PUBLIC UTILITY 2.0 - Currently On View
PUBLIC UTILITY 2.0 focuses on the unused television spectrum and its potential as a material. It proposes to be the first trial that intentionally architects an urban to rural network for residential, commercial, industrial and scientific use. Super WiFi will be specified as a material for creating connectivity and it will shift urban planning from the street plan to the elevation plan where frequencies and data can be openly sourced for the future PUBLIC UTILITY 2.0 proposes to create broadband connectivity in under served locations in New York, New Orleans and Nairobi.
Unused frequencies can be retrofitted and used for connectivity across the BQE in the Bronx; above Robert Moses’s divisive I-10 corridor that parted Tremé in the sixties in New Orleans; and along the recently constructed Thika Superhighway in Nairobi. Super WiFi devices developed with the Rice University Wireless Network Group, directed by Professor Edward Knightly can provide this access.
Since 2004, the group has been providing free connectivity for over 4,000 residents in an underserved community in Houston’s East End with the organization Technology for All. There, they developed a wireless mesh network that is still in operation. In 2011, the Rice Wireless Network Group also installed the world’s first residential device for a Super WiFi broadband connection in that same neighborhood that continues to provide a 51-year old grandmother, Leticia Aguirre, with broadband Internet.
The proposed locations of Super WiFi stations will be determined locally, through discussions with local residents community organizations and institutions. The spectrum is a space that can be programmed for myriad uses and participants. This is what PUBLIC UTILITY 2.0 can do.
Artists understand potentiality. We have the ability to work under the radar with unsuspecting materials, extract their latent power and transform them. When we are successful, we make visible something that previously had gone unseen. The Korean artist Nam June Paik, for example, emancipated video from television to become the father of video art. Paik understood the technical aspects of television and broadcasting and in 1974 coined the term the “electronic super highway” to talk about how electronic telecommunications would be socially and economically more significant than the landing on the moon. What he wrote came true. He knew what was possible to do with the “snow” on a screen from an unused television channel, he turned it into a video work.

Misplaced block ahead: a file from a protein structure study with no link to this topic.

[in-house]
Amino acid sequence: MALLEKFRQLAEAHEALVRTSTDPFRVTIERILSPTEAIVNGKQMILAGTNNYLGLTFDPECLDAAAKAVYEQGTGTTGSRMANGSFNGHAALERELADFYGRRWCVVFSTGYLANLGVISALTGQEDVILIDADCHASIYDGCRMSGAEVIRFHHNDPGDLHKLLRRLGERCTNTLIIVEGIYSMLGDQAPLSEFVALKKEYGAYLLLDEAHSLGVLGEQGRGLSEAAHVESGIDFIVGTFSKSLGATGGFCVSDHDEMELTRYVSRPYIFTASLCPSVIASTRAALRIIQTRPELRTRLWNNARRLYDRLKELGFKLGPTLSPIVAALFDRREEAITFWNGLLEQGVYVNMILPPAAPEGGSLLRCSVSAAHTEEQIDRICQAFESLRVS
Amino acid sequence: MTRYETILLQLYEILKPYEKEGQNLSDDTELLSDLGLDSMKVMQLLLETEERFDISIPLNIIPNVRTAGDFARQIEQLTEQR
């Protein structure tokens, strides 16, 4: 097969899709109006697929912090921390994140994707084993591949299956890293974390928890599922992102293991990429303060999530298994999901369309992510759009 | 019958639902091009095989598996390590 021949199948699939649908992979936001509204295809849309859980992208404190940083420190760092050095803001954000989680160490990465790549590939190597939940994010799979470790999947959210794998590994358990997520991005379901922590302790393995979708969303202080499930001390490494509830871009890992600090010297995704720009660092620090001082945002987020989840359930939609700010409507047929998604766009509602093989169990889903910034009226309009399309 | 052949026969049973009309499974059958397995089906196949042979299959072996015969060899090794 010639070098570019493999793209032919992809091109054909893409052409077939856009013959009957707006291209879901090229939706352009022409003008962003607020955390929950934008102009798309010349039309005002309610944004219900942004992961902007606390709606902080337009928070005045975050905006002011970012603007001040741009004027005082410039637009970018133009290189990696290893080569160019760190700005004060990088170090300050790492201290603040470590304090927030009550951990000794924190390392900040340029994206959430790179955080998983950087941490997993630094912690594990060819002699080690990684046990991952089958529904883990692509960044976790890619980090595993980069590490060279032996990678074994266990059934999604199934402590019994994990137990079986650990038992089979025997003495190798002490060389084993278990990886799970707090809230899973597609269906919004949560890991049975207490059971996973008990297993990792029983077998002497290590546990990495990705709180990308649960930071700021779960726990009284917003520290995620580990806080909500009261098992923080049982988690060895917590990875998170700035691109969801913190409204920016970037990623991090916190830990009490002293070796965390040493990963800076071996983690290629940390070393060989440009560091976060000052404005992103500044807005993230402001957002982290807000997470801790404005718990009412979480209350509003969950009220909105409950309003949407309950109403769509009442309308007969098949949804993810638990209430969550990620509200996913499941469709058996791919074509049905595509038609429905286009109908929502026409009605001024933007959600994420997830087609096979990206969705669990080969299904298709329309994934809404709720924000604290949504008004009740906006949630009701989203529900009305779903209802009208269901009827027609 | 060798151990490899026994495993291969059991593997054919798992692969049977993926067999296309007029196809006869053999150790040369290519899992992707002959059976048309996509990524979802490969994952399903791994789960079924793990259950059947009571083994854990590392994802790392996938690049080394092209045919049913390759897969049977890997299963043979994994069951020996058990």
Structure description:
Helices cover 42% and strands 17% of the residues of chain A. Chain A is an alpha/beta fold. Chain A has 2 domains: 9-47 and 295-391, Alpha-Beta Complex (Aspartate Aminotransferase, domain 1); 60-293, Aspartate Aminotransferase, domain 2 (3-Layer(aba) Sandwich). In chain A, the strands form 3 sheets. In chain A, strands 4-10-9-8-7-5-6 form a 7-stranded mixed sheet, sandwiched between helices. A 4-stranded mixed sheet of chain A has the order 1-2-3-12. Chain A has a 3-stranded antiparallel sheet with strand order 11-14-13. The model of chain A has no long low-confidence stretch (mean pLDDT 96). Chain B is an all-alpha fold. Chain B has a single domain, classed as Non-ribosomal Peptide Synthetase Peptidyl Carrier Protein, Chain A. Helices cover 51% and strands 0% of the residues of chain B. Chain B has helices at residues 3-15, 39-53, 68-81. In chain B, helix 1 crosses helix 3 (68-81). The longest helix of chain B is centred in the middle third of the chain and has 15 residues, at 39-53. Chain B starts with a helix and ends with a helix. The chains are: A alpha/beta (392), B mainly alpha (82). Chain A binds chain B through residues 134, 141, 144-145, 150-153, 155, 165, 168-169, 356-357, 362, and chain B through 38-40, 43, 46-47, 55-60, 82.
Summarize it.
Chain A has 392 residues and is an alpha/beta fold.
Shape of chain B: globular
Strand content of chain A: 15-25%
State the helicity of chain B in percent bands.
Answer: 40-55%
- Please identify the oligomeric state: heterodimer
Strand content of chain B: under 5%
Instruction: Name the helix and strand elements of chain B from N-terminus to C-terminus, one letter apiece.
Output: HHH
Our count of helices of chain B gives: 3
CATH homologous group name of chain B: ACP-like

Art can serve as a catalyst for what the Kenyan author Yvonne Adhiambo Owuor calls the “ethical imagination,” the creative act that engages real world concerns that are considered and are of consequence. Architecting the frequency of television for the 21st century contributes to an evolving and egalitarian society that could be characterized as the ultimate free market playground. More than any other president, Mr. Obama surfs the Internet, looking for new ways to reach viewers who don’t watch the news or even television. If the Internet and these frequencies are a national resource and people are not connected, certainly President Obama should understand and ask why should anyone be prohibited from having access when there exists the possibility for everyone in America to be connected. Furthermore, the policies set by the FCC are frequently the boilerplate for other countries. By keeping a largeportion of this national spectrum unlicensed, the FCC and the United States establish the model by which the potential for these frequency bands can be ethically realized and replicated in other underserved locations in the world. It becomes an “enabling resource” rather than a limiting one, architecting access and creativity. PUBLIC UTILITY 2.0 makes the city as architecture perform by retrofitting the frequency of TV for the 21st century, as a work of art.
Mary Ellen Carroll, 2015
The work on display at the Lambent Foundation is a modified version of PUBLIC UTILITY 2.0, the commision for the biennial, Prospect.3 New Orleans, under the artistic direction of Franklin Sirmans, the chief curator of contemporary art at the Los Angeles County Museum of Art. The work was originally conceived of displayed at the American Institute of Architects at Lee Circle in New Orleans.
On Friday May 8th, 2015 Lambent Foundation hosted an artist dialogue with artist Mary Ellen Carroll and Kenyan Author Yvonne Adhiambo Ouwor on PUBLIC UTILITY 2.0.